The reality with dogs is that they don’t speak English. They don’t speak French or Latin or Spanish. Dogs are associators. Dogs learn to associate human words with actions and events and therefore you can absolutely communicate effectively and clearly with your dog - both verbally and non-verbally.
Below, we’ll discuss how to be effective with both.
Saying “food” to a dog is meaningless without the sound of the food hitting the bowl and the association of food being there when the dog comes running to the bowl. With repetition, the dog can learn that when it hears the word “food,” it’s about to get fed.
So to teach the dog the word food you’ve had to:
- Say the word “food” time and time again, day after day
- Let the dog audibly hear food hitting its bowl, day after day
- Provide the dog with food each time it visits the bowl, day after day
In gun dog training, dogs learn that the action of shouldering a firearm means a loud gun shot is coming and a bird that the dog gets to fetch will fall out of the sky. It learns that if it hears “take ‘em” the entire process is about to begin. So, the dog perks up and looks skyward when it hears “take ‘em!”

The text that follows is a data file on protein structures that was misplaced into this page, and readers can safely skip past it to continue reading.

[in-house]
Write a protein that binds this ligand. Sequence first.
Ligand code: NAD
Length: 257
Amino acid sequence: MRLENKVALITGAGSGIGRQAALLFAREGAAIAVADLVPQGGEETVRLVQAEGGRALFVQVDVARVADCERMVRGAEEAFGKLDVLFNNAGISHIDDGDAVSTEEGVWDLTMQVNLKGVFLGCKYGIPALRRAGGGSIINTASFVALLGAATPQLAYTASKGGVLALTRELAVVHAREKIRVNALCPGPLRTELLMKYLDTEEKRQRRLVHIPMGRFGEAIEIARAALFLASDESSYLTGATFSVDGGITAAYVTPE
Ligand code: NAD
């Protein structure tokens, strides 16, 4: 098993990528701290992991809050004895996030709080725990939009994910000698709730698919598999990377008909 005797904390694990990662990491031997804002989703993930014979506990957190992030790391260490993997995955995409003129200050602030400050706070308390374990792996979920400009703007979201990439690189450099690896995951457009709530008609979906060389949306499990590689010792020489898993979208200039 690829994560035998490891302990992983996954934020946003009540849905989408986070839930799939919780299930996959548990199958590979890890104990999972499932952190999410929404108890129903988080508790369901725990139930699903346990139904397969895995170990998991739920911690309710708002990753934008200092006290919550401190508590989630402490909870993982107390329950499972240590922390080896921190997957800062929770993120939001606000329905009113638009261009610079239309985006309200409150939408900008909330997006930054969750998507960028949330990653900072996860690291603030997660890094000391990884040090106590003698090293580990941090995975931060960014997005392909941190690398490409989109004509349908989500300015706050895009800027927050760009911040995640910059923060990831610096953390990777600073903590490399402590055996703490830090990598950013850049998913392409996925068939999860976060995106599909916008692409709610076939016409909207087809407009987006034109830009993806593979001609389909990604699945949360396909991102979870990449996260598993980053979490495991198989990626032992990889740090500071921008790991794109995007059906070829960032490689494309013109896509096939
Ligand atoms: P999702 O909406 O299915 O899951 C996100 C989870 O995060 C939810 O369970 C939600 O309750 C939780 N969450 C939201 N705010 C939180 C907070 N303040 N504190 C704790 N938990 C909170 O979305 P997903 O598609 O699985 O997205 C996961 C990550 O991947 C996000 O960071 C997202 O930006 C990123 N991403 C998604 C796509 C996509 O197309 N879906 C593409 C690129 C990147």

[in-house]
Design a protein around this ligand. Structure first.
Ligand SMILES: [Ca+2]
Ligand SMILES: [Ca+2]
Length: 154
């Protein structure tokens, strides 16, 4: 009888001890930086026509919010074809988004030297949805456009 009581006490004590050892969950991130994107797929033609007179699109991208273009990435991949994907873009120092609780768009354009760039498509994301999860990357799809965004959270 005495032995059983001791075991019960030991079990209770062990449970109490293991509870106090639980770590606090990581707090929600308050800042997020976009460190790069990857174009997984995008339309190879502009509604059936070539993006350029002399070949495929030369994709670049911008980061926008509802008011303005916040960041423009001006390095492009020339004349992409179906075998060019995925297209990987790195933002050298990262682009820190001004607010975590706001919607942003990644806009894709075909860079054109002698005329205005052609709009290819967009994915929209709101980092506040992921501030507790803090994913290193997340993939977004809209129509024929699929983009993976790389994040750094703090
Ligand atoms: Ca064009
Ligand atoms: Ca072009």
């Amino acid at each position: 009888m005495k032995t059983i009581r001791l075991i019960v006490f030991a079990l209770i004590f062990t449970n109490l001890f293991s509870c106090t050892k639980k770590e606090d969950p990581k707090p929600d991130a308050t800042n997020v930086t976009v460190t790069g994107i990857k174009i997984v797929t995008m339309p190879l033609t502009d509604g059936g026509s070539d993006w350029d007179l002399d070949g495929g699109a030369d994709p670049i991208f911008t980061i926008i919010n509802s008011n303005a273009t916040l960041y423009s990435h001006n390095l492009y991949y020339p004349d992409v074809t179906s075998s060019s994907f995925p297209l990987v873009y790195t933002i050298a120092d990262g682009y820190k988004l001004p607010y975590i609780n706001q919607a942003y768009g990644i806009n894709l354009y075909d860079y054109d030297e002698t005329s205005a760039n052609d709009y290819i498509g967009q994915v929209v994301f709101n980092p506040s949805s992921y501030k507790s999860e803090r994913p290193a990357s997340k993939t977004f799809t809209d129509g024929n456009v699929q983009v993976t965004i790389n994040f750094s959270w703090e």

Does it truly know what “take ‘em” means? No. But can “take ‘em” followed by shouldering your firearm be an effective way to get your dog to perk up and look skyward? Absolutely.
Dogs wag their tails, jump up and down, sniff other dogs, pin their ears back and give off a variety of other body language signals to communicate their feelings and mood. Since its so natural to a dog, nonverbal communication can be the quickest, smoothest way to “speak” to your puppy.
The key is to be explicit and obvious with your commands. If you want your dog to cast left, stick your arm out to the left, show your palm and five fingers and walk left. You’re making it clear where you want your dog to go. When it goes left, there should be a bird laying or floating there. It begins to associate a prize with your action and with repetition, learns to listen.
The reality of communicating with a dog is that the perfect blend of both verbal and nonverbal communication is the most effective way to teach your dog to “speak” the same language as you. When you blend the right words, with the right deliberate body language cues, you’ll get the right result from your dog.